17 Nov 2022
Simpson insists England do not feel pressure
Home nation hopes rest solely with the wheelchair squad
By Paul Martin at Manchester Central
England’s hopes of Rugby League World Cup glory on home soil rest solely with the wheelchair squad but James Simpson insists they are not feeling any extra pressure.
Simpson and his teammates take on France at a sold-out Manchester Central on Friday night in the third consecutive final to be played between the two nations.
Les Chanticleers have won the previous two by tight margins but Simpson is confident England can turn the tables and provide a welcome pick-me-up given semi-final defeats for the men’s and women’s teams.
“We’re not suddenly under this extra pressure to win because the other two teams didn’t make it,” he said.
“It’s not a case of ignoring it [pressure], we just don’t feel it and that’s not the talk. It’s not a conversation that crops up and it’s certainly not something I feel.
“We are all one big family in the England set-up and everyone supports everyone.”
The hosts will hope for a big performance from the prolific Jack Brown, whose 15 tries so far have taken his overall World Cup tally to 52, while Adam Rigby is another survivor from the squad which won the inaugural tournament in 2008.
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“Back then, we came back as world champions, arrived at Manchester Airport and there was one guy with a phone camera from the local newspaper,” Rigby said.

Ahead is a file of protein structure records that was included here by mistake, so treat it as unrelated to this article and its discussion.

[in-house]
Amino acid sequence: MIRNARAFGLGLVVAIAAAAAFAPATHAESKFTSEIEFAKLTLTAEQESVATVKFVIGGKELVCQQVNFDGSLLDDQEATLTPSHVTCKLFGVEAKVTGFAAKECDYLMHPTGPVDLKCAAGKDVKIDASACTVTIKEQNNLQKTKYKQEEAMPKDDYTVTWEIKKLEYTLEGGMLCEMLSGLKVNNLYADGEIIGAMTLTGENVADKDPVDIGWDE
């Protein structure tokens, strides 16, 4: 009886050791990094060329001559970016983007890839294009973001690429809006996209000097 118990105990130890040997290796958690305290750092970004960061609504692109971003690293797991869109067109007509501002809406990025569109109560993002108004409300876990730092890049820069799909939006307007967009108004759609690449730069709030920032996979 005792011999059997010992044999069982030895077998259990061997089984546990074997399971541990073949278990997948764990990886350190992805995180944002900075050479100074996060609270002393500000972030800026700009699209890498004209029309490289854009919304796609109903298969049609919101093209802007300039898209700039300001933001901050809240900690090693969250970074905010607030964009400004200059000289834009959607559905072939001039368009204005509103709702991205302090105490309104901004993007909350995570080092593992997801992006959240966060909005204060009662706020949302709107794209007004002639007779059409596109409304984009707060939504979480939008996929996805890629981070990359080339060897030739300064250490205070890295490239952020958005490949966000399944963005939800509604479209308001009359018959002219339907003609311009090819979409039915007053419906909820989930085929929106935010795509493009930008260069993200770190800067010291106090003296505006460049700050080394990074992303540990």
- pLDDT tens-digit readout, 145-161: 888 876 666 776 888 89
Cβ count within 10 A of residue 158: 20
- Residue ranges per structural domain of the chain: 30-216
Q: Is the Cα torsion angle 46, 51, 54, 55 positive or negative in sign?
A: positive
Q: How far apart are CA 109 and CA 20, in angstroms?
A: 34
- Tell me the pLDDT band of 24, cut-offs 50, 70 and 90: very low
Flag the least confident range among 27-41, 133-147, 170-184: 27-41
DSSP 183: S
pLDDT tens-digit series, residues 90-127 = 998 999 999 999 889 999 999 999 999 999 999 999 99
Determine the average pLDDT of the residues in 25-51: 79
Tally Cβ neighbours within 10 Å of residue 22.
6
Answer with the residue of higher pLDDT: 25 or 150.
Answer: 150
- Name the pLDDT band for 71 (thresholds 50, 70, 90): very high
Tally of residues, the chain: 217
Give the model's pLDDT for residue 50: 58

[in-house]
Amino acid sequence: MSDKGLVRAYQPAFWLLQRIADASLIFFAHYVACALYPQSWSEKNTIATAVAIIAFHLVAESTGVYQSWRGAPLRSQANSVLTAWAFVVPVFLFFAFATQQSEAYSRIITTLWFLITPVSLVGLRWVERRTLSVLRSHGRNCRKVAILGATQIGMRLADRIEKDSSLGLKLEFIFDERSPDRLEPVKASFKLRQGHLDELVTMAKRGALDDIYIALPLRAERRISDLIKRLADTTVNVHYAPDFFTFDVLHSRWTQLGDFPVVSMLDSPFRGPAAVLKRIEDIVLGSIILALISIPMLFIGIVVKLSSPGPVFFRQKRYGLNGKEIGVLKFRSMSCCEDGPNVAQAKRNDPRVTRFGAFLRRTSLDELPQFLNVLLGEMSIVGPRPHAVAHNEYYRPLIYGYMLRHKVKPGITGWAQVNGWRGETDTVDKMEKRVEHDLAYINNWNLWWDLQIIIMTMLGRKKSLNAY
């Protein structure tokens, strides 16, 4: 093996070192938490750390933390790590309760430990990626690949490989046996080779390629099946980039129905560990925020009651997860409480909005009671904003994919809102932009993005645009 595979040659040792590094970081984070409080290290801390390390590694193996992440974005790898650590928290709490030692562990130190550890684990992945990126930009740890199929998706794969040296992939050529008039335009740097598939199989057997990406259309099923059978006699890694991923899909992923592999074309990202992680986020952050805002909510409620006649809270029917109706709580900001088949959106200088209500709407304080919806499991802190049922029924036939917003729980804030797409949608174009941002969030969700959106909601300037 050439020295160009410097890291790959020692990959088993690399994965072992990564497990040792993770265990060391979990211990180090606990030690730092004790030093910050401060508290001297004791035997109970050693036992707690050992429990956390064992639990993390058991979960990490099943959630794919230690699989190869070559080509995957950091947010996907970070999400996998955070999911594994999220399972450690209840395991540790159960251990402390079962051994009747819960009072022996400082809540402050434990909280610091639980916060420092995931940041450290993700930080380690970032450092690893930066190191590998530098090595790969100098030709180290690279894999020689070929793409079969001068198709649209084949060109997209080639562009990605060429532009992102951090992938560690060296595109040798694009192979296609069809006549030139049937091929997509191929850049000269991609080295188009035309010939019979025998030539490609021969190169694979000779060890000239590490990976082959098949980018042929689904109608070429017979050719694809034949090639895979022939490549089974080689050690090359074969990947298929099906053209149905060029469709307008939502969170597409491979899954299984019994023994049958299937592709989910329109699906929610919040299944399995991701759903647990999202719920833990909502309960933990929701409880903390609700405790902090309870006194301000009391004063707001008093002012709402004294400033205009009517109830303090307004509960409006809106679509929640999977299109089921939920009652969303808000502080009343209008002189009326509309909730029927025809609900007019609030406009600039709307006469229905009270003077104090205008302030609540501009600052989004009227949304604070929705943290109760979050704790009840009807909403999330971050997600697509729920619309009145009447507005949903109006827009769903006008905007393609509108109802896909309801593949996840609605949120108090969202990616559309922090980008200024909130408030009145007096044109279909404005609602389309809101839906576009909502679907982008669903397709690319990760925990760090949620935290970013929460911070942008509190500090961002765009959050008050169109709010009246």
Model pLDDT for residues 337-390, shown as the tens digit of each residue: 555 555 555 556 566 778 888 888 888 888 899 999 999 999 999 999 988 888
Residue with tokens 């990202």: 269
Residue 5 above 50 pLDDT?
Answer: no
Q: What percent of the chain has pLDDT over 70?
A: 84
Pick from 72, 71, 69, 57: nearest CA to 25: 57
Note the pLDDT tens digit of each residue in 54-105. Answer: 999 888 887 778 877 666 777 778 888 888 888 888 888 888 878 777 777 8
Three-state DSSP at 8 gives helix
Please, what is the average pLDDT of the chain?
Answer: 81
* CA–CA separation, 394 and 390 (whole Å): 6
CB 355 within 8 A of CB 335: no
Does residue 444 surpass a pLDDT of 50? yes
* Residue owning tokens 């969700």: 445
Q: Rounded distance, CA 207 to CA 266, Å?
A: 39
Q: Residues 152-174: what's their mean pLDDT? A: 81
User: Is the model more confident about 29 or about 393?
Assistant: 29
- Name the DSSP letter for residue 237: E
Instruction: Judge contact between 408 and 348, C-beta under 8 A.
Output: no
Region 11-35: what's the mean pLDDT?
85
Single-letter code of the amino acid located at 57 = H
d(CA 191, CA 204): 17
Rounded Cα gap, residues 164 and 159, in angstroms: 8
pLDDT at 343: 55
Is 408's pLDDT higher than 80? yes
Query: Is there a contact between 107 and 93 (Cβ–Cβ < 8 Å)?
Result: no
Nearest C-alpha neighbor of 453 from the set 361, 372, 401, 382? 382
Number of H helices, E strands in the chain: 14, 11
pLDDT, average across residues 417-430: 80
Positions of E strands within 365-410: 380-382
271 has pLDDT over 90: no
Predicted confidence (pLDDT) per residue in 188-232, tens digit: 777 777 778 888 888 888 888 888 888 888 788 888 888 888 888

“This time, every game has been on TV, so in terms of building the profile of the sport, there’s no comparison whatsoever between the two.
“As a squad, we’re loving it.”
Declan Roberts, who reached the final at his dad’s expense when England beat Wales 125-22 in the last four, has backed his side to cope with the pre-match butterflies as they set their sights on history.
“As much as people will say they’re not nervous, they’re lying,” he said. “This will be the biggest game of everyone’s lives and there will be some nerves, otherwise you’re not human.
“But there’s definitely huge excitement at playing in front of a big crowd in such a big game.
“We’re trying to savour every moment of the build-up and we can’t wait to get out there and get stuck in.”
The Rugby League World Cup promises to be the biggest, best and most inclusive event in the sport’s 127-year history with men’s, women’s and wheelchair teams competing in 61 games across 21 venues throughout England. Tickets are available via rlwc2021.com/tickets